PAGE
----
George Orwell?s short story ?Shooting an Elephant? begins by telling us where he was. He was located in lower Burma and was a sub-divisional police officer. He also states that he was hated by many people. This, however, was not only because he was a police officer, but because he was European. The Burmese people despised European people because they were being oppressed by the British. As a European man, he was a target for insults and injury everywhere. He hated his job ?more bitterly than he can perhaps make clear? (1482).
Early one morning he was informed that there was an elephant on the loose, reeking havoc in the bazaar. He was told that he needed to go and do something about it. So he grabs a rifle (not made for shooting elephants) and heads out. His intention was to shoot the rifle and scare the elephant away with the report of the gun.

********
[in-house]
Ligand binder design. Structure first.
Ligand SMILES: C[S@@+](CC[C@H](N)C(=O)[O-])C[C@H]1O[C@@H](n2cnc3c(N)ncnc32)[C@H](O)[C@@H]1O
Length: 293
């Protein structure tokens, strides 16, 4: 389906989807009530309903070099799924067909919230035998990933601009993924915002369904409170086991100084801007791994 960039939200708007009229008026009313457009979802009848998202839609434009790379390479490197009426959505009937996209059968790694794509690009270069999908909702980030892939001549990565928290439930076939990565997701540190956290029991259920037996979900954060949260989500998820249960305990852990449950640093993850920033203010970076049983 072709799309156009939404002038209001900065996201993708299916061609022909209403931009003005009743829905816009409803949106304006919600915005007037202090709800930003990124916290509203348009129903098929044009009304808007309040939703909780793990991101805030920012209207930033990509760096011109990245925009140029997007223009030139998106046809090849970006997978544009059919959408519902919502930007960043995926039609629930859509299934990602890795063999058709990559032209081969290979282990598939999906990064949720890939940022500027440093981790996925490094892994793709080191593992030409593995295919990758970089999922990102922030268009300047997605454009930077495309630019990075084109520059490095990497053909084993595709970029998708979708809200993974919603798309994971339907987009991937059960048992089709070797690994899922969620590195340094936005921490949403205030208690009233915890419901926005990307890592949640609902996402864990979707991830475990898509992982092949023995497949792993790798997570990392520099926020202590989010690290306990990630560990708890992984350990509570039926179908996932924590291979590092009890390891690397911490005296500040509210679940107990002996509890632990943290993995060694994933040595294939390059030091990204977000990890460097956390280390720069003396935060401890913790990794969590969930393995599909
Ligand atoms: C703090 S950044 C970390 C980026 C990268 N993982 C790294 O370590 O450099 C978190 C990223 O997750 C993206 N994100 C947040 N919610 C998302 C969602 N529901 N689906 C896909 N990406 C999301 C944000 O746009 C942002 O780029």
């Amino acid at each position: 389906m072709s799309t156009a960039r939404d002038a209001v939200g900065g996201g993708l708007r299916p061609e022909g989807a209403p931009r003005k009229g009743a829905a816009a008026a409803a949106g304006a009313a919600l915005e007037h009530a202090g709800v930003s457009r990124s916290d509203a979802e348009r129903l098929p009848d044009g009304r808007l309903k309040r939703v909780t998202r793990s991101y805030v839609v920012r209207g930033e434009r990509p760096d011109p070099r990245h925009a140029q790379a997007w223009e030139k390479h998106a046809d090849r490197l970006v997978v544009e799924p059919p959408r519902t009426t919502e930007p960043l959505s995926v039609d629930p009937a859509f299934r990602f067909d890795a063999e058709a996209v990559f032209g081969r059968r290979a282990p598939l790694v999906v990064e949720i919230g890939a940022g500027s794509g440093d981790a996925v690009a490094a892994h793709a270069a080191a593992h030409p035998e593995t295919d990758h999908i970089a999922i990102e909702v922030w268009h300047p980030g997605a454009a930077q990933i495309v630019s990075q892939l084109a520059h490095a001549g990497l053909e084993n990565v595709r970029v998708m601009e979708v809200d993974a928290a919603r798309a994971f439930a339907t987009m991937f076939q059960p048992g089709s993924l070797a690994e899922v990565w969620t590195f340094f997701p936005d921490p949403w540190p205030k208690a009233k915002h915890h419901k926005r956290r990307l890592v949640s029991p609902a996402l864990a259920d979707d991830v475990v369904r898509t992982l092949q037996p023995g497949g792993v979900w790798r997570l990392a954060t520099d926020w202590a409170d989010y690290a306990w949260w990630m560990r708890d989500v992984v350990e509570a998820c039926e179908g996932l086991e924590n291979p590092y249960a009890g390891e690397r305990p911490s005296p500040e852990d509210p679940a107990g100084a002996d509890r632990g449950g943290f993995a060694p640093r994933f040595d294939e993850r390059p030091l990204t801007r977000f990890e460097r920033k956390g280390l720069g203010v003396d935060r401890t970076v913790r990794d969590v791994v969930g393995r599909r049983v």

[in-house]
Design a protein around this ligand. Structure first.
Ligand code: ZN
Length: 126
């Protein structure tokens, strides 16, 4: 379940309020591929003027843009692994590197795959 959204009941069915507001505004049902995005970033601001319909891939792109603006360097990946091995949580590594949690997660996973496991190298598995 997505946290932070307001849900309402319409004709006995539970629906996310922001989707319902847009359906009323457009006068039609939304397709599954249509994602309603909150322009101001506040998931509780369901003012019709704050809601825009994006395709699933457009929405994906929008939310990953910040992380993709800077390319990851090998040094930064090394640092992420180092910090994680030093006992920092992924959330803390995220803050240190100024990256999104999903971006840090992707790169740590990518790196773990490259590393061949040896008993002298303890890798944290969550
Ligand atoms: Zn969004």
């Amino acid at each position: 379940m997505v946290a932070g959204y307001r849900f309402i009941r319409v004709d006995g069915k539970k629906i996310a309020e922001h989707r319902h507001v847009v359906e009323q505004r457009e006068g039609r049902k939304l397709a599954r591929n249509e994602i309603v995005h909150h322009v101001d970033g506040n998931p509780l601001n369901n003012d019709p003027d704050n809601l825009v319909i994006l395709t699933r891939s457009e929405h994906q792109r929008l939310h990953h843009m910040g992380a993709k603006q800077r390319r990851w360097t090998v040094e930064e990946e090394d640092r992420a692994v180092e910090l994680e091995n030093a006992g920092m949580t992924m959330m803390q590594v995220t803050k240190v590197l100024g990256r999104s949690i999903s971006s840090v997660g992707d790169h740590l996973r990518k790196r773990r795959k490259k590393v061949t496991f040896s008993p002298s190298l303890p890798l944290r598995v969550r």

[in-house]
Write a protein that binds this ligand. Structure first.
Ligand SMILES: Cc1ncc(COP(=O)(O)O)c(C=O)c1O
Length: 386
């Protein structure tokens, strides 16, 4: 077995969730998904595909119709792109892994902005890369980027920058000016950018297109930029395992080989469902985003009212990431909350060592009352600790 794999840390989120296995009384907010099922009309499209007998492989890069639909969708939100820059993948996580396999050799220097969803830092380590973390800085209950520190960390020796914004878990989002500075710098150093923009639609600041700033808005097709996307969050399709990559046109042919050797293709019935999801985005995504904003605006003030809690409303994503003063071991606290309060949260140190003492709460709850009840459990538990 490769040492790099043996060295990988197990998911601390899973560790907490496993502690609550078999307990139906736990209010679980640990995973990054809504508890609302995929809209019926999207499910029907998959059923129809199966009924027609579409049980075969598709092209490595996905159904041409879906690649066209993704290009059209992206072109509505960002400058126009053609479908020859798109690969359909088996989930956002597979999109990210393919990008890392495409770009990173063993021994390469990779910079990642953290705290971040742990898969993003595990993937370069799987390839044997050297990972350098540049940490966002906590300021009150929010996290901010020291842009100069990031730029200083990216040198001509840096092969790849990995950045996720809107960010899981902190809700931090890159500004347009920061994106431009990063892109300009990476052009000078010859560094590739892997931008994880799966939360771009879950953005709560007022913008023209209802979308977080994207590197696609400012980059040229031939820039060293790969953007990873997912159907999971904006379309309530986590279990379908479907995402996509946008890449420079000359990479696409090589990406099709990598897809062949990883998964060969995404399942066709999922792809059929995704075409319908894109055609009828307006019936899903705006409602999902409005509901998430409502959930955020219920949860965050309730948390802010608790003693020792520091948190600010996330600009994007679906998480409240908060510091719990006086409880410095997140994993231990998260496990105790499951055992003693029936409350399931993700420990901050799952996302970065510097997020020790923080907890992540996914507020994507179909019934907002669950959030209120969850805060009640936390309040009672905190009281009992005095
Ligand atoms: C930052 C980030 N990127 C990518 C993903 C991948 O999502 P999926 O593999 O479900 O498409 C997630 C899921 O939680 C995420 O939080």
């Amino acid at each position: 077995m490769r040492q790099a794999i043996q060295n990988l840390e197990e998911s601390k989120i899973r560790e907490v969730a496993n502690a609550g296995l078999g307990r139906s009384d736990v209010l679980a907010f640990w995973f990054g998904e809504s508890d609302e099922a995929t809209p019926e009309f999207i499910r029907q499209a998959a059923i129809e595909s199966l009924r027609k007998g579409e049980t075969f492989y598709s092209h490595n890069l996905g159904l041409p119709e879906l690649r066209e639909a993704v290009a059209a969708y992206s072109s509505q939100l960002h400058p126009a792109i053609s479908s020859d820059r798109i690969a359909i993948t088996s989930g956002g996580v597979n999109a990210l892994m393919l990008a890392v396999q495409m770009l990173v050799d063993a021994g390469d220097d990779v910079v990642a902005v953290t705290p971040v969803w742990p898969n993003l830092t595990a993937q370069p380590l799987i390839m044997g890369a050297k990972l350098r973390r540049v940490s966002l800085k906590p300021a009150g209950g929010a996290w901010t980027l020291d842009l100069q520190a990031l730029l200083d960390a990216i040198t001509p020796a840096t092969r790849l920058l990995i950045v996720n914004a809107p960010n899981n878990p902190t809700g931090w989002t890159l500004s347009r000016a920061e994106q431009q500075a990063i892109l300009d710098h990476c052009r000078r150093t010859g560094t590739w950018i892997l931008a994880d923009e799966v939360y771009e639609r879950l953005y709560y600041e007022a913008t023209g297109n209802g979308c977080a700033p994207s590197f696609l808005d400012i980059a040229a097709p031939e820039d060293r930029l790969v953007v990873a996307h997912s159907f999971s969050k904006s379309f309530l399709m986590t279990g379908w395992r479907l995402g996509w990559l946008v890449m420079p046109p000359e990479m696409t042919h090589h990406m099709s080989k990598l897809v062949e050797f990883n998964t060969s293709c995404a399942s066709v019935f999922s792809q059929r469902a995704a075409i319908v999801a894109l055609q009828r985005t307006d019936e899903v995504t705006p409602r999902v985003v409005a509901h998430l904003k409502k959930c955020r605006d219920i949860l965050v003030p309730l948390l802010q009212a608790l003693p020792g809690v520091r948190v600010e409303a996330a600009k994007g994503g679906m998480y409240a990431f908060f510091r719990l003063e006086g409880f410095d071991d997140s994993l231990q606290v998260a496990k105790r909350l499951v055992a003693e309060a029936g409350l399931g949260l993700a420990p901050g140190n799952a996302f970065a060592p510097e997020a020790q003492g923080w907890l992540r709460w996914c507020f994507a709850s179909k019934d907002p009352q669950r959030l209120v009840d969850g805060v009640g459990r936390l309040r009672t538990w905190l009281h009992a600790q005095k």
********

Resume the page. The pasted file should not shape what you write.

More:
He didn?t have any intention of shooting the elephant.
As he gets closer to the bazaar, he asks people where the elephant is and is given many different reports. Finally, he decides to follow the screaming he hears. He finds a man lying dead in the mud. The man has been stepped on by the elephant and is crushed and the skin peeling off his back. This helps him establish that the elephant has been this direction. When he sees the dead man he decides that he needs something much bigger than his rifle to protect him against the elephant so he sends his orderly to get him an elephant gun.
The orderly comes back with the gun and the Burmese people see it. They decide that they will cooperate since there is a chance the elephant will be shot and...